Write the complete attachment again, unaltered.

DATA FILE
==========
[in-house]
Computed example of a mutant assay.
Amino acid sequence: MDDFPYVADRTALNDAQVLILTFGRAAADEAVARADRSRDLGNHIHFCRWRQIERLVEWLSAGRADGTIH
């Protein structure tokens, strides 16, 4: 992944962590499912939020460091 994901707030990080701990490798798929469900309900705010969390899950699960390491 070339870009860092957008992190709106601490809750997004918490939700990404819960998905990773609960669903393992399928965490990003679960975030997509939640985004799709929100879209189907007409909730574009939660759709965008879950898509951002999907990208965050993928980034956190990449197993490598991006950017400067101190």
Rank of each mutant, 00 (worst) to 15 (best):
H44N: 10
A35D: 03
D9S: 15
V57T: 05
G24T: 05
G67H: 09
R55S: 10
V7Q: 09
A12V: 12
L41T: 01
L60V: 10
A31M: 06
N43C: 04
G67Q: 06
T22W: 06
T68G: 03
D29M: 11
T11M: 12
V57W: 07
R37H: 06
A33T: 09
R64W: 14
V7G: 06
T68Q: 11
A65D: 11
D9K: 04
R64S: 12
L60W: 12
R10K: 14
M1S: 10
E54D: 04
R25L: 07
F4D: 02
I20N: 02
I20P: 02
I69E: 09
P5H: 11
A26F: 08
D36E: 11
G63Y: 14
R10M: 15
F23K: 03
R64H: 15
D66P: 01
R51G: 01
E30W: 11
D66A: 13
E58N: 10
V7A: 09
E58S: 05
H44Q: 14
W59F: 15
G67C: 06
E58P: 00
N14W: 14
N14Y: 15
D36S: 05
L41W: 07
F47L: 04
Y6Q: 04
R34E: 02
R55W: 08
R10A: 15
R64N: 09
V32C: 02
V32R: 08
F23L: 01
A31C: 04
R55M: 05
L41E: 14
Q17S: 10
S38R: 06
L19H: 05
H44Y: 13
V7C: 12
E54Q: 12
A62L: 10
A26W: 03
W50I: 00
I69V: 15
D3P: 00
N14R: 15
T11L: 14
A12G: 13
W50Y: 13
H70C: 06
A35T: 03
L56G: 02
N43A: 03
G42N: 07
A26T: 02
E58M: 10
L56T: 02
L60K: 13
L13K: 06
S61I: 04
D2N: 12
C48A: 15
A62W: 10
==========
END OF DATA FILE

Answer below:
[in-house]
Computed example of a mutant assay.
Amino acid sequence: MDDFPYVADRTALNDAQVLILTFGRAAADEAVARADRSRDLGNHIHFCRWRQIERLVEWLSAGRADGTIH
């Protein structure tokens, strides 16, 4: 992944962590499912939020460091 994901707030990080701990490798798929469900309900705010969390899950699960390491 070339870009860092957008992190709106601490809750997004918490939700990404819960998905990773609960669903393992399928965490990003679960975030997509939640985004799709929100879209189907007409909730574009939660759709965008879950898509951002999907990208965050993928980034956190990449197993490598991006950017400067101190």
Rank of each mutant, 00 (worst) to 15 (best):
H44N: 10
A35D: 03
D9S: 15
V57T: 05
G24T: 05
G67H: 09
R55S: 10
V7Q: 09
A12V: 12
L41T: 01
L60V: 10
A31M: 06
N43C: 04
G67Q: 06
T22W: 06
T68G: 03
D29M: 11
T11M: 12
V57W: 07
R37H: 06
A33T: 09
R64W: 14
V7G: 06
T68Q: 11
A65D: 11
D9K: 04
R64S: 12
L60W: 12
R10K: 14
M1S: 10
E54D: 04
R25L: 07
F4D: 02
I20N: 02
I20P: 02
I69E: 09
P5H: 11
A26F: 08
D36E: 11
G63Y: 14
R10M: 15
F23K: 03
R64H: 15
D66P: 01
R51G: 01
E30W: 11
D66A: 13
E58N: 10
V7A: 09
E58S: 05
H44Q: 14
W59F: 15
G67C: 06
E58P: 00
N14W: 14
N14Y: 15
D36S: 05
L41W: 07
F47L: 04
Y6Q: 04
R34E: 02
R55W: 08
R10A: 15
R64N: 09
V32C: 02
V32R: 08
F23L: 01
A31C: 04
R55M: 05
L41E: 14
Q17S: 10
S38R: 06
L19H: 05
H44Y: 13
V7C: 12
E54Q: 12
A62L: 10
A26W: 03
W50I: 00
I69V: 15
D3P: 00
N14R: 15
T11L: 14
A12G: 13
W50Y: 13
H70C: 06
A35T: 03
L56G: 02
N43A: 03
G42N: 07
A26T: 02
E58M: 10
L56T: 02
L60K: 13
L13K: 06
S61I: 04
D2N: 12
C48A: 15
A62W: 10